Sunday, October 26, 2014

Book-A-Day 2014 #297: Bumperhead by Gilbert Hernandez

We expect to take stories literally, thinking that they express a single history and tell us about the same people from beginning to end, that signs don't switch signifiers in the middle or time periods suddenly shift without notice. But not all stories work that way: that's a pre-modern conception of story, to begin with, and many times it will fail us.

You can read Gilbert Hernandez's new standalone graphic novel Bumperhead as the story of one life in ordinary time, though you have to squint a bit to do so. But that doesn't seem to be what Hernandez is doing here, even though it looks like the story of most of one man's life, from early childhood through late middle age.

At first glance, this is clearly a follow-up to Hernandez's Marble Season from last year: it begins in roughly the same time and place, a small city in working-class Southern California, some time in the 1960s, among a group of kids mostly still in single digits. Our central character this time is Bobby, only son of a Mexican father and a mother whose only character traits are tight self-control and chain-smoking. And the story drops in on Bobby at five points in his life -- say ages 10, 15, 20, 25, and 50. (Those are probably wrong, but not horribly wrong; he's a child to begin, the middle three sections show him in extended adolescence and young manhood, and the last moves much farther into the future.)

But even though there are some clear signs of particular times -- Bobby gets very involved in punk in those middle sections -- there are other signs that point in contradictory directions. The precise year is only mentioned once -- the second section takes place in 1972. And the last section almost seems to be set a century ago, as if the century looped and went backwards from 1999 to 1900. And a secondary character carries an iPad -- called by that name, and a "future predicting toy," interchangeably -- throughout most of the story. So Bumperhead may draw on on its creator's life -- he was born in 1957, so he was fifteen in 1972, as Bobby was about that age, and twenty in 1977, for the punk explosion -- but it does so at a slight remove, through a filter to make it all more general.

It's easier to say what Bumperhead is not about: despite the publisher's description, this isn't really a story of sex, drugs, and rock 'n' roll -- Bobby does care about all three, at least for while in that middle, but none of them lead him anywhere. It's almost the story of his relationship with his distant father, but there's not enough relationship there for that, either. It comes close to begin the story of Bobby's childhood crush on Lorena Madrid -- but, even though Lorena passes through his life glancingly a few times, that's all it is. In the end, this is the story of Bobby, who moved from one thing to the next, looking for the good times in the future and mostly just existing in the present. (Except that's not really true, either: he did burn brightly in those energetic middle punk years.)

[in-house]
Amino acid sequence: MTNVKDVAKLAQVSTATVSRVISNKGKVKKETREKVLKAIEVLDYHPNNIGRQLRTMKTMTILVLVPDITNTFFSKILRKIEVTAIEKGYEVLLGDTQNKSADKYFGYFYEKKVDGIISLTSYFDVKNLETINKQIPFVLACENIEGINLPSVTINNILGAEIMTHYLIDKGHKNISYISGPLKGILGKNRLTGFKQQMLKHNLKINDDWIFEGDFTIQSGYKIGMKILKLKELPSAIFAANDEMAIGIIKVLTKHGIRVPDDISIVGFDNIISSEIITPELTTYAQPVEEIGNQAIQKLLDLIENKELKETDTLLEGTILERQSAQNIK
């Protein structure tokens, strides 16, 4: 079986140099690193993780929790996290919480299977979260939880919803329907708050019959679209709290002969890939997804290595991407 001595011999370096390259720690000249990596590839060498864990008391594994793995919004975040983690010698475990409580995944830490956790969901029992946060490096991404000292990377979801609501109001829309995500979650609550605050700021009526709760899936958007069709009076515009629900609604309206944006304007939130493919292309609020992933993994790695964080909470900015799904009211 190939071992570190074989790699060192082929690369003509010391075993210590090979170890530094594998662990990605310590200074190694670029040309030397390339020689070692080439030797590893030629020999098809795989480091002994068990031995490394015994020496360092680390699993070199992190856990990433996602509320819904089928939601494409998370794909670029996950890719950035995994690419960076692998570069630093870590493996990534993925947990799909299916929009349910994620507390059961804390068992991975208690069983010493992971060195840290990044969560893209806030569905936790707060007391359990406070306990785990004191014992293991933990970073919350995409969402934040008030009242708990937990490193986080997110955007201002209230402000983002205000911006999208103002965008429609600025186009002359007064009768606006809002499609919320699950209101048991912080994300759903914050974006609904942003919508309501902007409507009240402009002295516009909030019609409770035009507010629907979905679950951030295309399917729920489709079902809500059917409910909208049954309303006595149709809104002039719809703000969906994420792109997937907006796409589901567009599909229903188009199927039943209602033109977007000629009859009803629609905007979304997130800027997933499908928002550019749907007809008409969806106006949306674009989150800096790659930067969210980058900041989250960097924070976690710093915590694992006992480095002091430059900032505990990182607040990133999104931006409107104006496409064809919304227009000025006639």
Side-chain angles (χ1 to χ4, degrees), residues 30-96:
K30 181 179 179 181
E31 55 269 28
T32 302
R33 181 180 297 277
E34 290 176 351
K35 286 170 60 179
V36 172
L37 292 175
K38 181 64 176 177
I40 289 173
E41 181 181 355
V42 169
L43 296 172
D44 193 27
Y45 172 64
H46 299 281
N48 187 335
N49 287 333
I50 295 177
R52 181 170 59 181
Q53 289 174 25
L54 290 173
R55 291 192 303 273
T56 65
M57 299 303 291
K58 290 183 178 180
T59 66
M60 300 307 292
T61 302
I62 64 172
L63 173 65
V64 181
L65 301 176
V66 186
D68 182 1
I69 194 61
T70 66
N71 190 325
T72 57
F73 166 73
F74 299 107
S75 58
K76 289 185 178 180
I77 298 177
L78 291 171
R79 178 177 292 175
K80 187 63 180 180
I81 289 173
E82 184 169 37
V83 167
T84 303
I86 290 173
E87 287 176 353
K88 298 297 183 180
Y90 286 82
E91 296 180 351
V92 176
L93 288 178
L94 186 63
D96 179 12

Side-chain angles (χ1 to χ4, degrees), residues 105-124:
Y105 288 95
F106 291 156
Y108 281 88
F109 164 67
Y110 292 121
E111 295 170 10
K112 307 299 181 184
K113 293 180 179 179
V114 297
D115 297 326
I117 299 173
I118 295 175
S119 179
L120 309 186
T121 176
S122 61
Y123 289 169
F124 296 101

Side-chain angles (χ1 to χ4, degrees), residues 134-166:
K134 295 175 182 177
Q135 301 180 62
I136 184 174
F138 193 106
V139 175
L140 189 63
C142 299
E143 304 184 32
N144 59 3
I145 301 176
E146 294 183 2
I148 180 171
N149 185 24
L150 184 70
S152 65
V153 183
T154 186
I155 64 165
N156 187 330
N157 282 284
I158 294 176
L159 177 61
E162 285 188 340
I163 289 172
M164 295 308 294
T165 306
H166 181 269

It may just be the story of a young man who didn't have any drive to do anything: he loved glam rock and then punk, but they didn't inspire him to make music, or to make anything else. Bobby's life is not exactly wasted, but it is a life without strong attachments to others, without any guiding ideals or goals, a life spent mostly passively. But, then, what else would you expect from a bumperhead?


Book-A-Day 2014 Introduction and Index

Saturday, October 25, 2014

Book-A-Day 2014 #296: Hawk by Steven Brust

For longtime fans of this series, I'll start with the headline: after about a decade and four books, Brust finally moves the main story forward in this book. Vlad Taltos has returned to Adrilankha once again, and this time it might just stick.

The rest of you might want some background. There are many resources online -- and I've covered the last four books in some depth: Dzur, Jhegaala, Iorich, and Tiassa -- but the important points can be covered quickly. The Vlad Taltos novels appear to be sword & sorcery, first-person caper novels set in a fantasy world where humans are a minority and tall, magic-using, long-lived Dragareans (whom humans call "elfs") are dominant and whose empire has a complex clan-based social structure and a millennia-long history. Vlad himself is a human who by this point in the series has attained and lost a high position in the Dragarean House of the Jhereg (organized crime), gotten an Imperial title, become reasonably adept at human witchcraft (quite different from Dragerean sorcery), made close friends with many of the most powerful and dangerous Dragareans alive, and been on the run for nearly a decade from his ex-friends in the Jhereg. Underlying that surface is a deeper story Brust will probably never tell completely: this all takes place millions of years in the future, Dragareans are a genetically modified successor race to humanity, much of the sorcery may have a mildly SFnal explanation, and these stories (with a few minor exceptions) have been narrated directly by Vlad to a mysterious figure from beyond his world who is taping them for unknown purposes.